Vivus (VVUS) is a company focused on obesity drugs. Its lead candidate, Qnexa, aims to curb obesity in patients with an extended release capsule containing 2 FDA-approved compounds (phentermine and topiramate).
Phentermine is a psychostimulant (that works in a similar fashion to drugs like Adderall) decreases patients' appetites, while topiramate is an anticonvulsant mediation used to control seizures. Topiramate also controls receptors associated with hunger, which make it ideal to induce weight loss in patients. The company is now waiting for a complete response letter to Qnexa's NDA, which was submitted on October 17, 2011 (and delayed for three months, making the PDUFA action date July 17, 2012).
If you remember, Qnexa had a painful FDA rejection in October of 2010. An advisory panel voted against approval as early as July 2010, which sent the stock plummeting over 50% (so the rejection was not a surprise and had been priced in). Within the complete response letter, the FDA cited ambiguity in the safety evaluations of Qnexa regarding birth defects, memory loss, and depression. In addition, the elevations in patient heart rate brought up concerns of adverse cardiovascular events. The fact that Qnexa was only studied in patients over the course of a year brought up even more concerns, since patients would be expected to take the drug over much longer time frames.
Now in 2012, as another FDA decision looms on the horizon, investors must ask themselves whether or not Qnexa has addressed the primary safety concerns of the drug. The results of the SEQUEL trials, which evaluated 676 overweight patients, were encouraging. The Qnexa group experienced a ~10% sustained decrease in weight, and had substantially lower chances of diabetes progression. In addition, despite the cardiovascular effects of Qnexa, the weight loss actually decreased need for heart medications in the Qnexa group relative to the placebo group.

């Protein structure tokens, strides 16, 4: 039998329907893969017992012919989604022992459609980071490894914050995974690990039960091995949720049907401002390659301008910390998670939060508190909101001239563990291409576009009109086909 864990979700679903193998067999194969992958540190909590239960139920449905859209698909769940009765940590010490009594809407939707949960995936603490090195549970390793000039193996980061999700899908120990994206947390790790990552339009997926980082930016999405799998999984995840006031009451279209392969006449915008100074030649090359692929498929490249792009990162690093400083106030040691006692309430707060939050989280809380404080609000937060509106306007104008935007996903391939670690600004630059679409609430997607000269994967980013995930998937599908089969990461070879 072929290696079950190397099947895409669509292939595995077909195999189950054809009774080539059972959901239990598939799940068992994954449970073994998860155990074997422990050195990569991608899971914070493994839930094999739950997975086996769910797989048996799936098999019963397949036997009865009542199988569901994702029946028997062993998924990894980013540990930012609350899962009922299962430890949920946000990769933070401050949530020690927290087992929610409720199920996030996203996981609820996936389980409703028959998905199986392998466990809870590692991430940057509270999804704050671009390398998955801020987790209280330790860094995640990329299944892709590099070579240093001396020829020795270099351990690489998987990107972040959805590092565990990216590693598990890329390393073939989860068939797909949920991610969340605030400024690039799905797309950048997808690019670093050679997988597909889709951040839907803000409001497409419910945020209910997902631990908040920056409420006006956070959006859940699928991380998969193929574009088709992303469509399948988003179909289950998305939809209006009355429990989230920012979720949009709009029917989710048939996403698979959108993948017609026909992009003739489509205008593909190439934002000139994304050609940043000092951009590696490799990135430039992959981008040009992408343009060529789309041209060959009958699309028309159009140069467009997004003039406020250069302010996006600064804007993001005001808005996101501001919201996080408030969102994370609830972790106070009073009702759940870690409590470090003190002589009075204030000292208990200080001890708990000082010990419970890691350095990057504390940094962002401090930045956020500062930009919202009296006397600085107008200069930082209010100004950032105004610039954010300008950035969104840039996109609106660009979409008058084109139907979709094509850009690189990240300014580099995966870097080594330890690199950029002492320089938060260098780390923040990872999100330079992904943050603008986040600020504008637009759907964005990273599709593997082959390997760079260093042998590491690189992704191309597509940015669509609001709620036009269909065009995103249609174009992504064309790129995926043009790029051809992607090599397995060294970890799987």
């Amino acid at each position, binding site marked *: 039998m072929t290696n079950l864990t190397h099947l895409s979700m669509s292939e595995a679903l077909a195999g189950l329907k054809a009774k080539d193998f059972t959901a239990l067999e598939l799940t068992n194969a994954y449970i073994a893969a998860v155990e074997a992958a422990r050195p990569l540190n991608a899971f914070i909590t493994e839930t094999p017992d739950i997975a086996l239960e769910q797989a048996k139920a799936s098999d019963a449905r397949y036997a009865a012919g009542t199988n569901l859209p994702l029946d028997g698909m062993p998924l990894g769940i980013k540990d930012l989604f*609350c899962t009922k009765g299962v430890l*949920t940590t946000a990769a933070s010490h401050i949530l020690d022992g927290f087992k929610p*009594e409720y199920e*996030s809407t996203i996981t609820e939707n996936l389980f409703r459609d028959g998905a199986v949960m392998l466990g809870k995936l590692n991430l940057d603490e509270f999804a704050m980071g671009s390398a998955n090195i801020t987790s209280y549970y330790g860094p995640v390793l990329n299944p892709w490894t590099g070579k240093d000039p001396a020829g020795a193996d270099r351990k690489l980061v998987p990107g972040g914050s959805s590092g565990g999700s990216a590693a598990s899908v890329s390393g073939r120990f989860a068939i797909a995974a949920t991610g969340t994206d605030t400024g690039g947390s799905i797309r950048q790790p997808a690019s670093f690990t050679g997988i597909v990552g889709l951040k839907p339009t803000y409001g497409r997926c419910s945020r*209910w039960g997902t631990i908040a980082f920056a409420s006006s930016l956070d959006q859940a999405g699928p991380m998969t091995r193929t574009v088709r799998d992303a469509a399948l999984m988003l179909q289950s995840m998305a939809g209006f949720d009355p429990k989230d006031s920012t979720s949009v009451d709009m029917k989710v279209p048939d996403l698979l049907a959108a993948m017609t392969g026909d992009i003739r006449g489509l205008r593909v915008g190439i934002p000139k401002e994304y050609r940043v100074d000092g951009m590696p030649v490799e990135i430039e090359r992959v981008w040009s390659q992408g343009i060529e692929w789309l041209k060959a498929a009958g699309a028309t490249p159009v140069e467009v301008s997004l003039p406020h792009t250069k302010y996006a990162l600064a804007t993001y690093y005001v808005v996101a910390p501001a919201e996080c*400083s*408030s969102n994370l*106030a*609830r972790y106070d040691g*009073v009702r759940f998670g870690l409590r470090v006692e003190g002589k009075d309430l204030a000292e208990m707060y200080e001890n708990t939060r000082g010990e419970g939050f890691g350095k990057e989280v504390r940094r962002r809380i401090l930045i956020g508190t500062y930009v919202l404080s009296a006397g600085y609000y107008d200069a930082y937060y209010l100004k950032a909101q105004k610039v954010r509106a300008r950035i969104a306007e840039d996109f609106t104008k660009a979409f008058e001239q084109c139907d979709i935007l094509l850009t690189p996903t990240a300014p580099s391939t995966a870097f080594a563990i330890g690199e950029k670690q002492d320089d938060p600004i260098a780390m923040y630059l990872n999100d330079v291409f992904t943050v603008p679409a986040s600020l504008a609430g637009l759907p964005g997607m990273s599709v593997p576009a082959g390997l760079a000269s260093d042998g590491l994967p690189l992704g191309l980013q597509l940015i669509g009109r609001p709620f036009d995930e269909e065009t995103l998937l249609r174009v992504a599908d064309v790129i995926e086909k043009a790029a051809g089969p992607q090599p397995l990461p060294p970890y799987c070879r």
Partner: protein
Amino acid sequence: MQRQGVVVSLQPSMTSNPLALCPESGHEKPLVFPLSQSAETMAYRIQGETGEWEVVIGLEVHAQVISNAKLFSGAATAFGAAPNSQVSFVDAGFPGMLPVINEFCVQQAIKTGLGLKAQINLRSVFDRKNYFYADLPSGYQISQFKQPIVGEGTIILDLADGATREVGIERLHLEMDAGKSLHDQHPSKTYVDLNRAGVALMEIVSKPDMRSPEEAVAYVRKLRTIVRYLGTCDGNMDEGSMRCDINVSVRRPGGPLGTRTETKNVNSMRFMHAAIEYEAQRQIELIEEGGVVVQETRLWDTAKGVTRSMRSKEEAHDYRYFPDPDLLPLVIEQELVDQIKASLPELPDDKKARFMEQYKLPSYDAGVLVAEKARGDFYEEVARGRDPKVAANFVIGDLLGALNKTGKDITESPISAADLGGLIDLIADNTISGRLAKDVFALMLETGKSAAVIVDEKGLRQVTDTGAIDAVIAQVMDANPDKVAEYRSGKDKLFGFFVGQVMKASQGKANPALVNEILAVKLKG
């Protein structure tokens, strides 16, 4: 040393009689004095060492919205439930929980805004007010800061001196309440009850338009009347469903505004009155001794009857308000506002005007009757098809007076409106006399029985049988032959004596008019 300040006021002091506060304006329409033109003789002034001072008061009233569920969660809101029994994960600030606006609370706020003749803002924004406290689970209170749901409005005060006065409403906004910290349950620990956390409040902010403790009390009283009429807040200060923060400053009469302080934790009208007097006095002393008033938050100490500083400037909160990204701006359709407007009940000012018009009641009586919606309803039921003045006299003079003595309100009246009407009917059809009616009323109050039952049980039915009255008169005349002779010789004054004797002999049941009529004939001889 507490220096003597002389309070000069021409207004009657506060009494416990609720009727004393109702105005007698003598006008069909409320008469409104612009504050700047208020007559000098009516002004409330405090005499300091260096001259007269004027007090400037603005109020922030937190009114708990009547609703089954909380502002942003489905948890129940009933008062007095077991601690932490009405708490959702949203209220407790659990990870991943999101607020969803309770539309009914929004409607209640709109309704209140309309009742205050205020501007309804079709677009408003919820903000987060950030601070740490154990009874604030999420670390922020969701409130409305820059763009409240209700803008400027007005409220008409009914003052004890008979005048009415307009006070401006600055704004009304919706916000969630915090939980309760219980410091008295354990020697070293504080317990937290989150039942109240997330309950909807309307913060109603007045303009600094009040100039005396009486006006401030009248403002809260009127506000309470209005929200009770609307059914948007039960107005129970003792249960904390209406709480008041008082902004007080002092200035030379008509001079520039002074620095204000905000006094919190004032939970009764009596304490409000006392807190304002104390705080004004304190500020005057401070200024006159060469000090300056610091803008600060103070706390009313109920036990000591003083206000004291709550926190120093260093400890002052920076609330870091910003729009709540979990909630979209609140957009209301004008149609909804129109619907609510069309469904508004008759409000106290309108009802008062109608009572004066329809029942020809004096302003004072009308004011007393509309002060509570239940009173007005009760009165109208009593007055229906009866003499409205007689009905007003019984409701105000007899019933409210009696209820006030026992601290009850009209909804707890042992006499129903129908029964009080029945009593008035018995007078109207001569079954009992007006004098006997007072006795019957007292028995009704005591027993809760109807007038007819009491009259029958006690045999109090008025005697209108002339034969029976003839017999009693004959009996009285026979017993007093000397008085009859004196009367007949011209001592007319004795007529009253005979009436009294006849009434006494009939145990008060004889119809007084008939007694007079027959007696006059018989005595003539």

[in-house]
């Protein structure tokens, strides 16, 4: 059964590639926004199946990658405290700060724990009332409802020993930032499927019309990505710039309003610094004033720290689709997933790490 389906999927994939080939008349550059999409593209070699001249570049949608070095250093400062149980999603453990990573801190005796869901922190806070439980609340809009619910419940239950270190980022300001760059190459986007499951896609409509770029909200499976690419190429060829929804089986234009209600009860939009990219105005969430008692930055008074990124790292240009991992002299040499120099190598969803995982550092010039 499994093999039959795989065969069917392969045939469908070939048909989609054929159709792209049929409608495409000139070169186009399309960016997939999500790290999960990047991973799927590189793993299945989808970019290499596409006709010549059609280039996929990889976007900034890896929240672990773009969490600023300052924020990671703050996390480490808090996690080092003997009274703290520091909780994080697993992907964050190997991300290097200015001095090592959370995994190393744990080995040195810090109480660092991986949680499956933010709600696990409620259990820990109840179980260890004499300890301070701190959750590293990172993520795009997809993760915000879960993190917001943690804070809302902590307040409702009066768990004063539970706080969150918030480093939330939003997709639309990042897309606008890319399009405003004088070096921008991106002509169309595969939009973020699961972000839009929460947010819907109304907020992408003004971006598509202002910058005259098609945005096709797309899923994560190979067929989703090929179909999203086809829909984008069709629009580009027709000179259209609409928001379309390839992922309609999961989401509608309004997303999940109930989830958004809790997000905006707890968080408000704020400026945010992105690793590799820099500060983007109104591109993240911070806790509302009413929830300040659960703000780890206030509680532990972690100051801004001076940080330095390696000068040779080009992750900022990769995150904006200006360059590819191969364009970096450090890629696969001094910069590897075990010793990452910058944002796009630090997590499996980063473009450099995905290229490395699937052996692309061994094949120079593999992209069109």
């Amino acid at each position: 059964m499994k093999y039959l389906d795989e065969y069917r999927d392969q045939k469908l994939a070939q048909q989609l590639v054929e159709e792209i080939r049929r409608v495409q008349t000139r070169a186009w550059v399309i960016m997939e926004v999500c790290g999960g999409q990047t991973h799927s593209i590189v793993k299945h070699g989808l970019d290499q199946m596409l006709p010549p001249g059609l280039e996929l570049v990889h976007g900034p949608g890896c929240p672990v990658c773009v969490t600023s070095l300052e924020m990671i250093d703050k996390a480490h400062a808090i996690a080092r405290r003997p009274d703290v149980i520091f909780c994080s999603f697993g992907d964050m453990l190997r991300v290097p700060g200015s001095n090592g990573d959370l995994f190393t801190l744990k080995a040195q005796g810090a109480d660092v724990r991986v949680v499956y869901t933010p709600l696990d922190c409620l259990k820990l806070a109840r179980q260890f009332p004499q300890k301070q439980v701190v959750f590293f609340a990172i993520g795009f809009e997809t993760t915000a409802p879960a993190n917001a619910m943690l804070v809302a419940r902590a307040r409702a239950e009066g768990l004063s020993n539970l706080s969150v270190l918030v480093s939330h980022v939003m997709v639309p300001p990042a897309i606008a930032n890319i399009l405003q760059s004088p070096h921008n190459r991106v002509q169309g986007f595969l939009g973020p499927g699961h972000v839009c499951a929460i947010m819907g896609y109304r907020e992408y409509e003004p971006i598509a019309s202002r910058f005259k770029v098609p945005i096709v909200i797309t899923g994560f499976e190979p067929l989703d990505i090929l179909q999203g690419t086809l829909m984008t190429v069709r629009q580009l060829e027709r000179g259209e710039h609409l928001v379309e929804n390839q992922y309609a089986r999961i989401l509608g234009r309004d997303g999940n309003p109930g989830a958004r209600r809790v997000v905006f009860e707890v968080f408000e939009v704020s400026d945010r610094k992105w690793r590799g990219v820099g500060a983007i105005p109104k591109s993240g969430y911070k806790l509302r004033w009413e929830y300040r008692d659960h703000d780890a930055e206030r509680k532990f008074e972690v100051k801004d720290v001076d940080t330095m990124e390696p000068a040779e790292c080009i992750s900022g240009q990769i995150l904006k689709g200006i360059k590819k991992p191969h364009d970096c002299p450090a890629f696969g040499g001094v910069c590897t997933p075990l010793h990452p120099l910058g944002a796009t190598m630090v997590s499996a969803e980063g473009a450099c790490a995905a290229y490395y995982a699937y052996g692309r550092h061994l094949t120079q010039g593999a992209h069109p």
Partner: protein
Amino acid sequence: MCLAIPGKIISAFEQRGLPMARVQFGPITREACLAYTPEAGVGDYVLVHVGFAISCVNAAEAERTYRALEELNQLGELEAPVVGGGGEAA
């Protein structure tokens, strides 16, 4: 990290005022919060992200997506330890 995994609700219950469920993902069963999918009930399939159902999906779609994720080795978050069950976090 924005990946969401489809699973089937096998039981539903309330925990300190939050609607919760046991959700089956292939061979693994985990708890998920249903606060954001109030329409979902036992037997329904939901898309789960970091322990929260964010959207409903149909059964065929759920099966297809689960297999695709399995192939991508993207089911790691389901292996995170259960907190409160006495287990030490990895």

In February 2012, an advisory committee voted 20-2 in favor of Qnexa's approval. Citing a lack of alternative obesity treatments, the panel appeared heavily in favor of approval contingent upon favorable outcomes in the proposed post-approval REMS (Risk Evaluation and Mitigation Strategy) studies. These studies will aim to further evaluate risks associated with cardiovascular events, and the tricky realm of birth defects.
Investors have pushed the market cap of Vivus to over $2.6 billion on the heels of Qnexa alone, but the stock is poised for additional gains given an FDA approval. The stigma associated with Qnexa is that it is intended as a weight-loss drug. The FDA has had a notorious history of rejecting these types of drugs, and the disastrous outcome of fenfluramine/phentermine (an obesity drug developed by American Home Products in the '90s) still burns in its memory. "Fen-phen" was shown to induce pulmonary hypertension and heart valve problems in select patients, and the drug was withdrawn. Adding more to the costs were legal damages, which were estimated at $13 billion. Things got so bad that the company had to change its name to Wyeth (which was later bought by Pfizer).
The fact that the phentermine compound is shared by Qnexa and fenfluramine/phentermine should raise a few eyebrows, and I think there is a small chance that we might see a surprise rejection on the grounds that the existing safety studies are still not thorough enough to bring the drug to market.
Naturally, another rejection will send shares plummeting, perhaps 60% or more. There is simply too much built-up tension associated with Qnexa for this FDA decision to go wrong, and the favorable outcome from the FDA panel only adds to the potential for disappointment. About 15% of floated shares are bet against the stock (essentially a bet on another FDA rejection). The short-squeeze potential is quite enormous due to this.
Another bright side (for Qnexa) is that the rival weight-loss drug Lorcaserin, developed by Arena Pharmaceuticals (ARNA) was just approved (on June 27, 2012). This does increase the odds of an FDA approval for Qnexa despite the history of the weight loss drug market.